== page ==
Discussions online regarding the GMAT are often centered around the idea that the GMAT is a ‘hackable’ exam. What does this mean? It means that it’s not an exam with any interpretive or philosophical questions that require deep research, personal character, or an understanding of anything outside of logic and reason. Instead, it’s a very logic-based exam that can be beaten with the right amount of study and preparation. This is good news because it means that you don’t have to worry about being good or smart enough; anyone can achieve a high score on the GMAT exam, but only if they put in the work and study to ensure the result.
Three months is an ideal amount of time to spend preparing for the GMAT exam, it’s long enough to ensure you have sufficient time to prepare for all elements that will be covered, but it’s short enough to ensure that nothing you study will be forgotten by the time the exam date comes around. However, three months can pass very quickly if you do not have the right 3 month GMAT study plan. When it comes to the GMAT, the key to success isn’t being smarter or better than you need to be; the key to success exists entirely in becoming more organized and better prepared. Anything logic-based is understood and conquered because it isn’t interpretive; it’s definite. All the answers are out there, and you can find them, but it’s going to take three months of solid study and dedication. If you’re willing to put in the work, you can achieve a high score on the GMAT exam, but to get there, it’s going to require a high level of focus and the willingness to get to work.
Read on to learn about how to prepare for the GMAT in 3 months. We provide you with a structured 3 month GMAT study plan so you can make full use of the time you have to prepare.
When beginning our 3 Month GMAT study plan, the first and most important step is to book your GMAT test date. Some people wait until the date is closer in case they become unavailable on their test date, or they change their mind, but this is an enormous mistake. The study journey is going to be challenging, and you’re going to need an intentional date to strive for. This will be critical on days when you’re doubting yourself and feeling fatigued from the hard work of studying. Another reason is that once you’ve booked your exam date, you will have access to two free practice exams. These are the most ideal ways of testing your ability and ensuring a high score on the test, and they should bookend your study journey. This means you should take the first free test at the beginning of the three months and the other at the end. The reason for this is that the first test will teach you everything that you should expect to find in the real GMAT exam, and the second will verify that you did enough to prepare before taking the real exam.
Once you’ve booked your test date and have sat down to take the first practice exam, prepare a notebook and take copious notes. It’s important that you take very careful notes during the practice exam of every element that you’re finding challenging and can’t answer quickly. Remember, the real GMAT exam is timed, and you have very limited time per question to calculate precise answers without any aid from a calculator. You have to be knowledgeable about relevant mathematic theories and principles and, most importantly, be able to utilize them to make accurate calculations in ideally under a minute. Keep this in mind as you take your notes, and then use these notes to create a study plan. Write down every area of focus that you need to ensure you cover in detail over the next month. Then, once you’re ready, get started studying.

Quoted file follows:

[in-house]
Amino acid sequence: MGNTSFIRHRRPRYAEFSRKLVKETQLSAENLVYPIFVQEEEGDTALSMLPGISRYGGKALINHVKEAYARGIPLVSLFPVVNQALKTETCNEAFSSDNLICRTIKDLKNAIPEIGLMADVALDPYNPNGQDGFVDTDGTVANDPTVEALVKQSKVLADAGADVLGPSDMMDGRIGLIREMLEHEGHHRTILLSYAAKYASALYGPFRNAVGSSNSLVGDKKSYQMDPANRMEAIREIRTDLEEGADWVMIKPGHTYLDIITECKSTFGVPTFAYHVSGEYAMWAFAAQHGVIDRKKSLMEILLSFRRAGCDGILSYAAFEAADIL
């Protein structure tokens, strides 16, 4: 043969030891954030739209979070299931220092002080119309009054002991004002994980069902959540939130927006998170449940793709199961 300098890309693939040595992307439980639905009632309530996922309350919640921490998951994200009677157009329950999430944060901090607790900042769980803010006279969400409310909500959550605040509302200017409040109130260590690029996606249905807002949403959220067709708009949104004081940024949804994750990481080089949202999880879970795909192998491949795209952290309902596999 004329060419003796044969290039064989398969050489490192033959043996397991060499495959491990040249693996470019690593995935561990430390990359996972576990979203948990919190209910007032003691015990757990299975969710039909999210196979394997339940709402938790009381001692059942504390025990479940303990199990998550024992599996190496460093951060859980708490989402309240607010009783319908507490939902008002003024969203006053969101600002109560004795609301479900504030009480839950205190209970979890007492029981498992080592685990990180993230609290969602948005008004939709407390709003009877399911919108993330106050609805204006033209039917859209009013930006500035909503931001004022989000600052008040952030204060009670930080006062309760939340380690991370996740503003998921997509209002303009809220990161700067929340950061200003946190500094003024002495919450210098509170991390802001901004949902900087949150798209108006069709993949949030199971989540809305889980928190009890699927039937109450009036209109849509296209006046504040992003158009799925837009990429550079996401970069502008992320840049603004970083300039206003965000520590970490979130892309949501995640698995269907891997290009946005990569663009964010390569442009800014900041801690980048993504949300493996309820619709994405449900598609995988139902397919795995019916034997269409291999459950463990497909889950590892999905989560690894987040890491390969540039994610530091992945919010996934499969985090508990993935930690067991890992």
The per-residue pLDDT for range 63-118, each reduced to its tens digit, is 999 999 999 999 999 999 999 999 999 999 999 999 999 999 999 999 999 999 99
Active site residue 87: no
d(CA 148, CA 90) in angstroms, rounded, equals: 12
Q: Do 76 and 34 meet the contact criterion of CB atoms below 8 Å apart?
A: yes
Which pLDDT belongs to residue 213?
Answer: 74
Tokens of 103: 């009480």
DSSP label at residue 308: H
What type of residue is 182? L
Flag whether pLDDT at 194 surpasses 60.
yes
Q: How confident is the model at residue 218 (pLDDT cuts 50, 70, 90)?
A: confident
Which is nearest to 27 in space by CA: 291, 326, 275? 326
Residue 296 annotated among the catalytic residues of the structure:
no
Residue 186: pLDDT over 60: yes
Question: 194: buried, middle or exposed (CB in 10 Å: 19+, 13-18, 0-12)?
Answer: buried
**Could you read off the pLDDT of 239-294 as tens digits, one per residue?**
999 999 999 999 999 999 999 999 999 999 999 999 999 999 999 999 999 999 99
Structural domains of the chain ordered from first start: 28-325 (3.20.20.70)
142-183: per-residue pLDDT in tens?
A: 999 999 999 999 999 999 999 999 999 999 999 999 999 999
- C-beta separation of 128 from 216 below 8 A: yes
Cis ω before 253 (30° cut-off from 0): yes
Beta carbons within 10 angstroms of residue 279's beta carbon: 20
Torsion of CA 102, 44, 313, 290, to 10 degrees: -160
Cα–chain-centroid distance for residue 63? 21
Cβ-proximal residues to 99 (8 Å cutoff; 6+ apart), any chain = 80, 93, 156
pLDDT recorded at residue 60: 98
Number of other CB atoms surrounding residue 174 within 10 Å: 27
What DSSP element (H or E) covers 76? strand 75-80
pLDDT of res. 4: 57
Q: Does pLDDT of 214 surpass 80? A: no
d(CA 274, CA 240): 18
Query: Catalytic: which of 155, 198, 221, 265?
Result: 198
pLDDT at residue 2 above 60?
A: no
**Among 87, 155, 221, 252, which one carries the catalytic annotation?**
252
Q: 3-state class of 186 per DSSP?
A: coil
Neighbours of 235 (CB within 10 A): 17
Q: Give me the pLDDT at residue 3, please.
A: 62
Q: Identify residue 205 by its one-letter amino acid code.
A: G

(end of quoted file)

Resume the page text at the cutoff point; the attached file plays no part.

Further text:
The first month of the 3 Month GMAT study plan is focused on acquiring the knowledge necessary to complete the exam to a high standard and is critical for those who plan to prepare for the GMAT in 3 months. This is going to mean finding and collecting information from every reliable source you can get your hands on. There are many reliable providers of GMAT learning material, but it’s going to be your job to sift through the best and worst of it. Luckily, you’ve already seen what information the GMAT is going to test you on, so you’ll be able to easily spot information that isn’t important and weed it out.
Month one is information absorption month, meaning that it’s time to learn everything you don’t have an in-depth knowledge of. There are a large number of GMAT books and PDFs available online, many of which are at no cost. There are also a lot of companies that have a wealth of material, such as Manhattan Prep. If you can afford it, it’s a great idea to buy a course from them. Varying up the methods with which you absorb information is incredibly important because you should be studying six hours a day, and you need every hour to feel fresh. The best way to achieve that is to change up the method with which you absorb information every two hours.
One strategy for doing this is to change the part of the brain interpreting the information. To do that, start your study by listening to a podcast or audio teaching series. Podcasts such as ‘Inside the GMAT’ and ‘The GMAT Strategy Podcast’ are free and can be a great way to start your day. After that, switch to videos and watch your way through either a Manhattan Prep course or a free alternative. Finally, switch to reading, working your way either through a book or a free PDF. It is possible to study for the GMAT for free, but you’re going to get better value for your time if you invest some money in high-quality resources. Don’t buy too much, but a single course can go a long way. Finally, finish up your day, every day, with a practice exam. Since you know how the real GMAT exam will look, always ensure that the practice exams you’re taking match the GMAT. Keep a record of your scores each day and take note of which parts of the exam you’re falling behind on, then use this data to study more effectively the next day. Study only works when you’re tracking the data and keeping yourself accountable for the areas you’re weak in.